Penguins notebook: Crosby in Stamkos' corner

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The injury was gruesome.

It was awful for Tampa Bay center Steven Stamkos, whose right tibia was fractured when he slammed into a goalpost Monday in Boston.

It was terrible for the Lightning, which had a world-class talent wrenched from its lineup.

It was horrible for the sport, whose fans will be denied a chance to watch one of its most entertaining talents.

But it was not, Penguins center Sidney Crosby believes, a lethal blow to Stamkos’ career.

He likely doesn’t have access to inside information on Stamkos’ prognosis, but Crosby seems convinced that Stamkos will be able to elevate his game to its customary level after his leg heals.

“The way he works — that’s not taking away anything from the severity of the injury because it looked pretty bad from what I saw — but with his work ethic, the way he trains and the way he competes, I think he’ll be OK,” Crosby said.

Stamkos had successful surgery Tuesday at Massachusetts General Hospital to repair the damage, and precisely what the surgeons found might have an impact on how long he is out.

All concerned agreed that his recovery period will be measured in months; what isn’t known is how many.

“If the operation goes well, I don’t think there’s any doubt that he comes back,” Penguins defenseman Matt Niskanen said. “Does he have the same explosiveness, his same confidence level, things like that?

“I don’t think he’s been hurt that much, so we’ll see how he reacts to that. There are a lot of variables, coming back from a tough injury like that, where you miss an extended amount of time and are trying to get back up to speed.

“But, from everything I’ve heard about him, he’s got unbelievable character and will and work ethic … he’s got all the tools to come back from something like that.”

Martin unlikely to face Flyers

Defenseman Paul Martin and left winger Tanner Glass sat out practice Tuesday, although both skated before their teammates worked out.

Coach Dan Bylsma said Glass is “probable” to play against Philadelphia tonight, but the outlook isn’t as good for Martin, who hasn’t played since last Wednesday because of an undisclosed injury.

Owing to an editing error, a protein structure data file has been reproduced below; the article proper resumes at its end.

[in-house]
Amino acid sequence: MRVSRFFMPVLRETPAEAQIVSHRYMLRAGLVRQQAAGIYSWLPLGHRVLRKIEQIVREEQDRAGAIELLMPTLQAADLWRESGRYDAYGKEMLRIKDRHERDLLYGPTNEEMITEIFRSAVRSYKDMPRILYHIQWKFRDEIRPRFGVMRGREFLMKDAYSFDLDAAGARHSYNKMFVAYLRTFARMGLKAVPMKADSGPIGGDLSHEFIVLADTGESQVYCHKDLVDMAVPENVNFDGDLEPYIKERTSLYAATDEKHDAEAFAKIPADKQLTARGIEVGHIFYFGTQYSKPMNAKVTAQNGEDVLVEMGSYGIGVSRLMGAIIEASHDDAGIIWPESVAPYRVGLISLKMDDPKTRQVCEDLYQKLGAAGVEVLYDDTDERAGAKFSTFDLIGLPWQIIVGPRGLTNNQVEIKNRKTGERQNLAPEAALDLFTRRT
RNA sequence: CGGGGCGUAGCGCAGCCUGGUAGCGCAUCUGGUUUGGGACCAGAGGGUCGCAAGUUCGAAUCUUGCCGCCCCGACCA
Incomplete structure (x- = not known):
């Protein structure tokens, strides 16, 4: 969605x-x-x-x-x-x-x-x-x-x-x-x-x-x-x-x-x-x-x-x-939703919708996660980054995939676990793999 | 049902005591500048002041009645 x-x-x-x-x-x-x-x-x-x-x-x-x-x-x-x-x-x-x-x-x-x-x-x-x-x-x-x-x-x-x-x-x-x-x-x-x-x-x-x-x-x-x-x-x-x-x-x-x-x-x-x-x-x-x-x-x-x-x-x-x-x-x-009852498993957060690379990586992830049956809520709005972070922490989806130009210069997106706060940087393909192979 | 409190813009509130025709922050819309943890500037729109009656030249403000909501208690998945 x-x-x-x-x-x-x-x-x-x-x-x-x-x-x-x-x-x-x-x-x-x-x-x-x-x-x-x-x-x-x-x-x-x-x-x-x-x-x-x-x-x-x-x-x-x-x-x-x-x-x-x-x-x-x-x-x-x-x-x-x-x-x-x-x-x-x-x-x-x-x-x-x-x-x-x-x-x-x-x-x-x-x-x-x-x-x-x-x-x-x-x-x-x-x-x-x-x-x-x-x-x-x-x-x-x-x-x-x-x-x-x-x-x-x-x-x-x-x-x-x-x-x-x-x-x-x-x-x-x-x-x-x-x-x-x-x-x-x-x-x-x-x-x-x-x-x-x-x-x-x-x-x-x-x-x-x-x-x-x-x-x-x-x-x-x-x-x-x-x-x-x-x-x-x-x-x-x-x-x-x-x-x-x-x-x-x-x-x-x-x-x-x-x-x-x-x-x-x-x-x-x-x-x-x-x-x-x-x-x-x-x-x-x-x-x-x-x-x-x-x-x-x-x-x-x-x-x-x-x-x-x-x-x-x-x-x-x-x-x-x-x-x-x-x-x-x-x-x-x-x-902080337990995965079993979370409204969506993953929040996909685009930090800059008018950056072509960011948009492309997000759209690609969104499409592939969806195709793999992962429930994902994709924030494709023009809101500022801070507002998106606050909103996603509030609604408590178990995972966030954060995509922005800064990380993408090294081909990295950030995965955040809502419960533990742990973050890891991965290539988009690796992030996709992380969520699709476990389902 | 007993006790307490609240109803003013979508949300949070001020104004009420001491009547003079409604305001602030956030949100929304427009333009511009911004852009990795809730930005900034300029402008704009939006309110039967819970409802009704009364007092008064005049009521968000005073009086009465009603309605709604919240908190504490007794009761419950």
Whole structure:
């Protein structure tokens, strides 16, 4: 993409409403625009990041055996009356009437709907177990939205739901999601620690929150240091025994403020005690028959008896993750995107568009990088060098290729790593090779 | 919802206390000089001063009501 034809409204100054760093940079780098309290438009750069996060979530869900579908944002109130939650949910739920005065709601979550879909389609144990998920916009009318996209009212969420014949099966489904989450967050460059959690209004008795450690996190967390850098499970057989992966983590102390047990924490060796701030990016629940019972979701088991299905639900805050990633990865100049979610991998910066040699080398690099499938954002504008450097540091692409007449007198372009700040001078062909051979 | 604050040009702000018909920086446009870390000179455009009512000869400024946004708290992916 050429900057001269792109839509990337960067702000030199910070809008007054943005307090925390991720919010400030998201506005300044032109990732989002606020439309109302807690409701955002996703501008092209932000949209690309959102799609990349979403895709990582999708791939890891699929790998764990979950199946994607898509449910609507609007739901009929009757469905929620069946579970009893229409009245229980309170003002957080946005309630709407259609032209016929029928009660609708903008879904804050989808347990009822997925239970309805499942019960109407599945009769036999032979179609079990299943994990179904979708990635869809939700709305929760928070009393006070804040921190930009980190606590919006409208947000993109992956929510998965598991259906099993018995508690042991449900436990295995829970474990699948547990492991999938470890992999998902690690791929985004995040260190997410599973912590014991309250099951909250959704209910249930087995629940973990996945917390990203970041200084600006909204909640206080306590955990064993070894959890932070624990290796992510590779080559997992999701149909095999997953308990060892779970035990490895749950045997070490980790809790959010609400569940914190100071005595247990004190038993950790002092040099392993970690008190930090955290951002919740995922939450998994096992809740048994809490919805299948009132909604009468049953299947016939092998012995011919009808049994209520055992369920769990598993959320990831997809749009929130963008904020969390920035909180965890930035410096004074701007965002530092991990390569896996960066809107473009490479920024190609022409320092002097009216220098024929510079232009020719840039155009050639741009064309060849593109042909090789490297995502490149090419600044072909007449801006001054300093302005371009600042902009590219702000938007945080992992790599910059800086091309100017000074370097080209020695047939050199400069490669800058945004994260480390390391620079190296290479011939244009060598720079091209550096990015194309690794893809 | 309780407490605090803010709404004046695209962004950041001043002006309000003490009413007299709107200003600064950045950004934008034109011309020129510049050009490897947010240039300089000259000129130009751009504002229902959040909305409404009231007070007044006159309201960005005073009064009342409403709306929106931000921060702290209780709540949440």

“I don’t have a large probability for him playing [against the Flyers]” Bylsma said.

Rookie defenseman Olli Maatta missed workouts Tuesday while attending to an immigration matter, but Bylsma said he was aware of no complications and reiterated that he expects Maatta to be in the lineup tonight.

Ice nice, if not great

The Penguins returned to Consol Energy Center for the first time Tuesday since beating Columbus Nov. 1.

And, while the ice, which gets lukewarm reviews most of the time, certainly didn’t benefit from being covered for a week and a half while the circus was in town, neither was it as bad as many players seemed to anticipate.

“It was the first time the ice has been skated on, so it always feels a little funny,” center Brandon Sutter said. “But I think that after a skate or two, hopefully it will be good by [tonight].”

Defenseman Deryk Engelland also reported no particular issues with the ice.

“It wasn’t too bad, actually,” he said.

“I wasn’t really paying too much attention but, from what I can remember, [the puck] wasn’t bouncing any more than normal, or anything like that.”

Abrupt shift in schedule

Although the schedule has been pretty light lately — the Penguins have played four games in the past 13 days — the pace is about to pick up considerably.

The game tonight starts a stretch in which they will play 11 games in an 18-day span that runs through the end of November.

What’s more, four of the next six games will be against Metropolitan Division opponents; the Penguins have played just six of their first 17 games inside the division.


Dave Molinari: Dmolinari@post-gazette.com and Twitter @MolinariPG.

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